For the dreamers and the helpers... This one is for you.
How do you write about Oshkosh? Oshkosh memories are filled with more friends than flights. Perhaps it’s the rebel in us to defy gravity, perhaps it’s the fact that some day the pilot or mechanic you are speaking with will be flying or inspecting the plane that your mom or children may be on, or perhaps it’s simply looking at a map that shows us: airplanes bring people together. And every July, airplanes bring airplane people to Oshkosh, Wisconsin.
In Spark Your Dream, the adventurous true story of Herman and Cande Zapp, Herman becomes a sailor, navigating the Amazon - in the midst of navigating the roads across two continents - having never steered a boat. He was wisely advised, in Ecuador, that if he ever needed help, to find a sailor. The same can be said for a pilot. For she, too, is an adventurer.
It is my hope that the Zapp’s story may help me give thanks to a few very special people, especially to one who is a women after my own heart, always with a book in her bag and ready to both read and live a good story.
“Sometimes it seems that other people have more confidence in us than we do in ourselves,” wrote the Argentinian couple driving a 1928 Graham Paige from their home country to Alaska. Well, isn’t that the truth. Let’s rewind to the beginning of this year.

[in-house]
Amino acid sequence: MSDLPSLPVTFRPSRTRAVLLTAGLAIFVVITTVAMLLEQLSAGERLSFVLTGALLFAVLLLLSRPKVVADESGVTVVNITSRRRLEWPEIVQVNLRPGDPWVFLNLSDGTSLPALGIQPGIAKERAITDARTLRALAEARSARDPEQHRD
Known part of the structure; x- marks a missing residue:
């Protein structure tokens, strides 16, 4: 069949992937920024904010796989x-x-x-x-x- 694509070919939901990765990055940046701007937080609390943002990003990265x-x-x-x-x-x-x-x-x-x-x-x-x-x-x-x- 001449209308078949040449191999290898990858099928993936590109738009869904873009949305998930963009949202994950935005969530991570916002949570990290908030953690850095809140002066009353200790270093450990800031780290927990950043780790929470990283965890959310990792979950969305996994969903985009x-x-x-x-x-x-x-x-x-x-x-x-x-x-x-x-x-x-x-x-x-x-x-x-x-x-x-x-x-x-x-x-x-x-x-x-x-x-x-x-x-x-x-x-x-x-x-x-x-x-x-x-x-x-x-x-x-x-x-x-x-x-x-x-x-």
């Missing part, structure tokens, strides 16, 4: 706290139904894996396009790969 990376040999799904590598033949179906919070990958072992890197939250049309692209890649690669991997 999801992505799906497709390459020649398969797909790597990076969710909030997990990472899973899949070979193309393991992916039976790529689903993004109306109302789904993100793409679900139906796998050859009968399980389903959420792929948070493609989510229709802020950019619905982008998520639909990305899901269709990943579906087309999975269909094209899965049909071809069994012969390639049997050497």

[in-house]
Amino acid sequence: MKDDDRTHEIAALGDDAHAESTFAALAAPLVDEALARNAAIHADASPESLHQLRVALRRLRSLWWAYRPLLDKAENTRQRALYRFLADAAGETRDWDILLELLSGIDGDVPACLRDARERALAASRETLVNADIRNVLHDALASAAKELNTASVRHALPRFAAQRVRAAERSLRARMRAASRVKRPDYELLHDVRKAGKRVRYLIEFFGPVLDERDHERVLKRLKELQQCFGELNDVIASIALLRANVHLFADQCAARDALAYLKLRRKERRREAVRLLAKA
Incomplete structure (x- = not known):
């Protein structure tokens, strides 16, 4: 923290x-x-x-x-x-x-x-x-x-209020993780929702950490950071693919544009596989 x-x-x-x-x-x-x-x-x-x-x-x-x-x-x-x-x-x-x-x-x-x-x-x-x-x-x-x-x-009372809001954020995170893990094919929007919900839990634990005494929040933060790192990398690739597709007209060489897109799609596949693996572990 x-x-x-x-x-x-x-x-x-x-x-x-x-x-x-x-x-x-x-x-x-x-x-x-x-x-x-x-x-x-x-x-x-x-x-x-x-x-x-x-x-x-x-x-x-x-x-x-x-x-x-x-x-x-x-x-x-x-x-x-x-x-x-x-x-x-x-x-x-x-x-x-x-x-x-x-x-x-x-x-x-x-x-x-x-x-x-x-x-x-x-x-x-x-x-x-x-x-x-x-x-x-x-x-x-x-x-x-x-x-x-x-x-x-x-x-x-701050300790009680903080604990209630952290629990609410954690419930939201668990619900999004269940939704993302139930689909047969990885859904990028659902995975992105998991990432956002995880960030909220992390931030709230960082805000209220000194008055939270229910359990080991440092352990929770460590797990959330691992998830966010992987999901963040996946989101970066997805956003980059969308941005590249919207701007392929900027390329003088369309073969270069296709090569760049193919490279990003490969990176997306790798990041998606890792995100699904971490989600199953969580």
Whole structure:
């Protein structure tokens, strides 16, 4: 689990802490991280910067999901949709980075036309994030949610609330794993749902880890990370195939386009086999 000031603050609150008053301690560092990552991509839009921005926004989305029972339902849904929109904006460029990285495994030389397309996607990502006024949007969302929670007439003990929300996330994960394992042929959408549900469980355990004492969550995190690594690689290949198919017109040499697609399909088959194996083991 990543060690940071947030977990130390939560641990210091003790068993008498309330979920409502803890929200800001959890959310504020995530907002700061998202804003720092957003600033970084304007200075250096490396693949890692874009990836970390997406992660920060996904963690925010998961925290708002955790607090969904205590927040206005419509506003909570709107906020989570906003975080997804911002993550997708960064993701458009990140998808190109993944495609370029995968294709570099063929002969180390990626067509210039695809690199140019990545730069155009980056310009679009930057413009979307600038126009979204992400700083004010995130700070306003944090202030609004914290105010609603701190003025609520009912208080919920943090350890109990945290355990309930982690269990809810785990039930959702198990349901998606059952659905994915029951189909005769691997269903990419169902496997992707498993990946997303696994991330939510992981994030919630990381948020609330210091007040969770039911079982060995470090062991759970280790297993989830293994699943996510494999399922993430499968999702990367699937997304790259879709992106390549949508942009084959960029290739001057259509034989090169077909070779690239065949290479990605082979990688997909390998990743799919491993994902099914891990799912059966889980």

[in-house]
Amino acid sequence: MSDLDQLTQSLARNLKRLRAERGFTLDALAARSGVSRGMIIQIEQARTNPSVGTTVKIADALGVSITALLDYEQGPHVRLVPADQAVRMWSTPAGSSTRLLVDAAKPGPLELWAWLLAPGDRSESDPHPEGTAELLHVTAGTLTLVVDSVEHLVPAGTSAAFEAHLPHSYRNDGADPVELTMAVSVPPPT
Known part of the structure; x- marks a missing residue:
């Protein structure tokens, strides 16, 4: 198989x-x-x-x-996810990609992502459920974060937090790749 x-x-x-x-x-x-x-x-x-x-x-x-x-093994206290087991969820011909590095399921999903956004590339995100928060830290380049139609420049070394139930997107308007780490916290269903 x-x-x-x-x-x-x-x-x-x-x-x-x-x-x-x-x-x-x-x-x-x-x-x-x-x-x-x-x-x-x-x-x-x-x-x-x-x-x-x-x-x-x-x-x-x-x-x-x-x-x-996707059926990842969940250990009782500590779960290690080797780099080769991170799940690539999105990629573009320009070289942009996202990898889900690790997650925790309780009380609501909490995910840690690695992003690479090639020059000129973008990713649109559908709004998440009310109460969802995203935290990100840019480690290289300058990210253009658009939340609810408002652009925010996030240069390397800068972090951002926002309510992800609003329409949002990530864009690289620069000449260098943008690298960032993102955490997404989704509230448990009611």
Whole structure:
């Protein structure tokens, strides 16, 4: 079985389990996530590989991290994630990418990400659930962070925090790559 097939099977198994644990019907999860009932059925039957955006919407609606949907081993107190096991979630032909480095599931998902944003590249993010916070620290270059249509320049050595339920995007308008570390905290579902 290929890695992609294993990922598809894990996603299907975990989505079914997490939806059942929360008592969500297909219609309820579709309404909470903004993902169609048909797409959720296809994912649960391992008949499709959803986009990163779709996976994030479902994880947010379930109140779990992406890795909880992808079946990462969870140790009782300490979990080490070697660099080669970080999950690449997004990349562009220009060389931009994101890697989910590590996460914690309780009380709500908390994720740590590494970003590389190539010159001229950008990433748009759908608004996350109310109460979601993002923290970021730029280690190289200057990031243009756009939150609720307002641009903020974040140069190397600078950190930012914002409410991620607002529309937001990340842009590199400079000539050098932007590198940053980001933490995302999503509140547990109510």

“I know how passionate you are about the industry and women but mostly I know that you’re capable,” wrote Angee to me. We’d only known each other about a year, at the time, but the aviation industry accelerates trust and amplifies character. It’s a place where you can lose a wallet full of cash or an international cellphone in airplane mode and have it returned, complete and unaltered (true story; both things happened to people we know, and perhaps one to the one writing this, in two consecutive years at Oshkosh).
American, and perhaps most of western, society begs the question of children, “What do you want to be when you grow up?” “Happy,” wrote one child to his teacher in the now famous anecdote about understanding the meaning of life. But this early inundation of a career trajectory sets us up to expect a linear path, and life is anything but. Thank goodness. The better question, if one must ask, is “What do you want to be able to do?”